Christopher Greenhalgh, University of Nottingham
Muzicodes are user defined musical fragments (e.g. motif, rhythm, melody) that when performed and recognised by the system act as triggers for other media, such as an accompaniment or visuals during a performance.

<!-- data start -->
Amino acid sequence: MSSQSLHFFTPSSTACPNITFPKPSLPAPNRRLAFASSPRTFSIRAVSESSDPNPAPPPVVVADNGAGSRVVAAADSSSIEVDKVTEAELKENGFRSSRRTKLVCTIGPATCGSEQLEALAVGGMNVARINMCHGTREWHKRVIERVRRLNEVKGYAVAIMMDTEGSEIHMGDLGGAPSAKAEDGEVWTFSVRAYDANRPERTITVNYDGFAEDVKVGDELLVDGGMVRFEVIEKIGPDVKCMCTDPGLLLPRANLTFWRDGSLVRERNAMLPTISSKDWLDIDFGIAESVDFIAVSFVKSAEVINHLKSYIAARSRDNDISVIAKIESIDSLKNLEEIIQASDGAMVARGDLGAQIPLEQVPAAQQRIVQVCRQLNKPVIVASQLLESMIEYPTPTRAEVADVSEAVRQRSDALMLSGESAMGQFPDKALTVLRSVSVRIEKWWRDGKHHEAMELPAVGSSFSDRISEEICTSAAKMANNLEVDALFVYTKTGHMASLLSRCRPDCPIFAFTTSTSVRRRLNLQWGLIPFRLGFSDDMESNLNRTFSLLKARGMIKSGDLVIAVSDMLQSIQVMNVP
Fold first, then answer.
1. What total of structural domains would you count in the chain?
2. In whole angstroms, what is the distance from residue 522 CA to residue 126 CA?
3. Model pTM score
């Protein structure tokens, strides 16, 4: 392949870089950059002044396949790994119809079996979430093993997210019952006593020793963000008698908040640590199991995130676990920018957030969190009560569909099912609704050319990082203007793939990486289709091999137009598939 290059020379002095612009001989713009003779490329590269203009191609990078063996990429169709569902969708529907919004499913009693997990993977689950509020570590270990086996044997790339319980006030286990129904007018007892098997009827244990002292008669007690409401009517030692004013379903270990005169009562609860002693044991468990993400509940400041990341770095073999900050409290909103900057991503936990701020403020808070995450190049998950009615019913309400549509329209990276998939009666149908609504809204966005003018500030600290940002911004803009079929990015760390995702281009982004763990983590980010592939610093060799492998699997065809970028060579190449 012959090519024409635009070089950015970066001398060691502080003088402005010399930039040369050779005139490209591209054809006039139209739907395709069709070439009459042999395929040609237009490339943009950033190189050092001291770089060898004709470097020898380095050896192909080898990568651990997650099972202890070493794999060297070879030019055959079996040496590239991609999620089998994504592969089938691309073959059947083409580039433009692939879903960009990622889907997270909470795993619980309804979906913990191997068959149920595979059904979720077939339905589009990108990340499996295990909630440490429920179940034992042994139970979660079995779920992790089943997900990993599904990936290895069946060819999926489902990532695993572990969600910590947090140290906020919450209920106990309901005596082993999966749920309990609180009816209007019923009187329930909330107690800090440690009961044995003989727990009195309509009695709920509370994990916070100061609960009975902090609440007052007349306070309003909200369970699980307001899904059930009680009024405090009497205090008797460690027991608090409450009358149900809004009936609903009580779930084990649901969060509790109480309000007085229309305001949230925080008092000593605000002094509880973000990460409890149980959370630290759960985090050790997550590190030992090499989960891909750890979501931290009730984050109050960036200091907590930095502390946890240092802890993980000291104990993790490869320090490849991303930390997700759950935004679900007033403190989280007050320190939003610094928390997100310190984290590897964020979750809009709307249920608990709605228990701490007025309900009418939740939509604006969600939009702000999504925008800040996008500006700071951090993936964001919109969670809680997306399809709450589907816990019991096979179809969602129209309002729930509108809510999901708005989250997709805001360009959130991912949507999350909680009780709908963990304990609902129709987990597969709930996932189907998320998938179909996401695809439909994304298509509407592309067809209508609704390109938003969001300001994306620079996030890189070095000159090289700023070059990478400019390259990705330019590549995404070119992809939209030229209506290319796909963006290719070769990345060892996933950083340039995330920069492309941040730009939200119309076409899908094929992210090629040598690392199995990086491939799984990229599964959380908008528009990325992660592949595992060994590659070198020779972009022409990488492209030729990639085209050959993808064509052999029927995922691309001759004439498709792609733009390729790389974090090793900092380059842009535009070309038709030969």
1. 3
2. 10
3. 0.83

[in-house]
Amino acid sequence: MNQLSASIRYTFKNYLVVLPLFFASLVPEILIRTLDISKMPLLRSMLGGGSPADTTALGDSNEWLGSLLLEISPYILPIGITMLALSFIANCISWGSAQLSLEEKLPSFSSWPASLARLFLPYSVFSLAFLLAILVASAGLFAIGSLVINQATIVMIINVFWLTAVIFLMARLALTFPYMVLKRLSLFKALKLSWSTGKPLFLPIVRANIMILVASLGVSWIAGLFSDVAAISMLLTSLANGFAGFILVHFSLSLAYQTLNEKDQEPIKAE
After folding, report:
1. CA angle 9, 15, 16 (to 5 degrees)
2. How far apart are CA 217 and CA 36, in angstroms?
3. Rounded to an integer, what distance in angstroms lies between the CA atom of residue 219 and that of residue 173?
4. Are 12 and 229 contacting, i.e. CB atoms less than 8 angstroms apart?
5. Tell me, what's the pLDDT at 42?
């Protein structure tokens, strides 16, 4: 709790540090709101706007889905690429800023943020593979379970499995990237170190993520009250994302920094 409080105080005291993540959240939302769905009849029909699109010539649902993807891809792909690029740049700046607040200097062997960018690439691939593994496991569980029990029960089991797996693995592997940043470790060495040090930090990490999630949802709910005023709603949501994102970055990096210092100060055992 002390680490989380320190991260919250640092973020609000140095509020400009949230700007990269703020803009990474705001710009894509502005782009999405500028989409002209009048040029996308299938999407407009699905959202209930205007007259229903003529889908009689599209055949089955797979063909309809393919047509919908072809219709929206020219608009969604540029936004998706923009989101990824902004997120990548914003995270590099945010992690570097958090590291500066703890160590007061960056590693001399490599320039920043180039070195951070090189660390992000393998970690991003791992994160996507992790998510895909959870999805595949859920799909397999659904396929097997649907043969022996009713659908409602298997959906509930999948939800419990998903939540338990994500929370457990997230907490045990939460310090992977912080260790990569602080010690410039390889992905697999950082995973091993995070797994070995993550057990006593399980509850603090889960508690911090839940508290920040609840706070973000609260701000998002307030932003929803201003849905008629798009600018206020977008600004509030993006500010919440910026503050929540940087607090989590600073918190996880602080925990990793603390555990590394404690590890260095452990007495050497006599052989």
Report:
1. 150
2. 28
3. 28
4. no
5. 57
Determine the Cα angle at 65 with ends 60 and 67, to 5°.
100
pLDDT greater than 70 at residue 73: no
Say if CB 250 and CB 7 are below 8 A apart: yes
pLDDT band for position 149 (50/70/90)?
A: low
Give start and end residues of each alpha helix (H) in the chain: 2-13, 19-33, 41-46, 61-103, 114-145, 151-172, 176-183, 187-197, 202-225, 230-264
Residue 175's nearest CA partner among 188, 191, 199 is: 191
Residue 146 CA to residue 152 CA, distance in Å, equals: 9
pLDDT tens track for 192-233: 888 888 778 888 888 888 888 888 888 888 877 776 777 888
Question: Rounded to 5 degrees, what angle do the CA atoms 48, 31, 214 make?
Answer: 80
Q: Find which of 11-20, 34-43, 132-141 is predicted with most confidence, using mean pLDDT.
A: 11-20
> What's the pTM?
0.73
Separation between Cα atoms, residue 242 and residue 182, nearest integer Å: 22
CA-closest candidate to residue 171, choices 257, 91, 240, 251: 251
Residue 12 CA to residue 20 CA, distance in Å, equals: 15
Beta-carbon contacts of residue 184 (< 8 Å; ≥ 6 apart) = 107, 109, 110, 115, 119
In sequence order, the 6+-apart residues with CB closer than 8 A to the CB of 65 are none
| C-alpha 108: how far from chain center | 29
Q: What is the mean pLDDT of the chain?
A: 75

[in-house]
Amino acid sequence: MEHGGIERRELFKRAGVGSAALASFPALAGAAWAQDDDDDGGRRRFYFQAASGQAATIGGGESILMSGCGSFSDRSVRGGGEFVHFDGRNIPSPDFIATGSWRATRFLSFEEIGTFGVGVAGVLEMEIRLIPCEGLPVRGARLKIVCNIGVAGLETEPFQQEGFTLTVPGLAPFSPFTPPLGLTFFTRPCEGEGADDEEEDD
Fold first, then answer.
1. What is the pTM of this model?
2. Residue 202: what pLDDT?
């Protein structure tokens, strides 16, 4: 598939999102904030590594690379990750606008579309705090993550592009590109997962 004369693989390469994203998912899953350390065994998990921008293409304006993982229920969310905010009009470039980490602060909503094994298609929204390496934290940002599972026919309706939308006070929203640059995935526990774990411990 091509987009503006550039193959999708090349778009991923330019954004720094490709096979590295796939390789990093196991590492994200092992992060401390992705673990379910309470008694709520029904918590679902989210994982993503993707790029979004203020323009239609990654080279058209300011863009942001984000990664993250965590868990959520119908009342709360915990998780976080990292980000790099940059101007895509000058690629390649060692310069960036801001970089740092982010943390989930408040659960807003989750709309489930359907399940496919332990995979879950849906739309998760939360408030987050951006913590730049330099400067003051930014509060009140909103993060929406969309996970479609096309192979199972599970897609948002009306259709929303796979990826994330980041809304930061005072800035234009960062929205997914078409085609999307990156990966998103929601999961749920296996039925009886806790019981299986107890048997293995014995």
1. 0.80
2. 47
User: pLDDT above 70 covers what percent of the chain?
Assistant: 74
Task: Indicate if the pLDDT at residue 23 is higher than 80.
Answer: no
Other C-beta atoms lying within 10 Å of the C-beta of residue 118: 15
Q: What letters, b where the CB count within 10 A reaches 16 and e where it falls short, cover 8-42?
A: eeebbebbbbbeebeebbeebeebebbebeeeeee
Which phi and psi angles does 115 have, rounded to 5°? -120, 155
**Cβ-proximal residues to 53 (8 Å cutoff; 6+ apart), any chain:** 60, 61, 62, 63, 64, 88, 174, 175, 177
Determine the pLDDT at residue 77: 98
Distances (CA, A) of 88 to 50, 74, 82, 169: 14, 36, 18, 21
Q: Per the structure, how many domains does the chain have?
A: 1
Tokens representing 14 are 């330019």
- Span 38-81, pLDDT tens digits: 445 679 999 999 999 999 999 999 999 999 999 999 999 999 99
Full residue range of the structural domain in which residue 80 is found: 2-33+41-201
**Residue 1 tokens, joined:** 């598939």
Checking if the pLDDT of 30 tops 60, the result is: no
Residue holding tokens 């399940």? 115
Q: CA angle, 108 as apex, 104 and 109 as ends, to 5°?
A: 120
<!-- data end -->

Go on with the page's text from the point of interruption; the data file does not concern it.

We present muzicodes, an approach to incorporating machine-readable ‘codes’ into music that allows the performer and/or composer to flexibly define what constitutes a code, and to perform around it. These codes can then act as triggers, for example to control an accompaniment or visuals during a performance. The codes can form an integral part of the music (composition and/or performance), and may be more or less obviously present. This creates a rich space of playful interaction with a system that recognises and responds to the codes. Muzicodes has been iteratively developed with the collaboration to date of twenty-three musicians, spanning professionals to amateurs working with a variety of instruments. Muzicodes has multiple features that enable musicians to trade-off reliability with musical expression. Collectively, these support the concept of ‘looseness’ in interactive systems, and a range of workflows by which codes and performances can be iteratively and jointly refined in a process of ‘atunement’. Muzicodes demonstrates the distinctive potential of working with both training examples and an editable notation in a recognition system, and presents a low barrier to entry for musicians wishing to integrate elements of automation into their performance practice.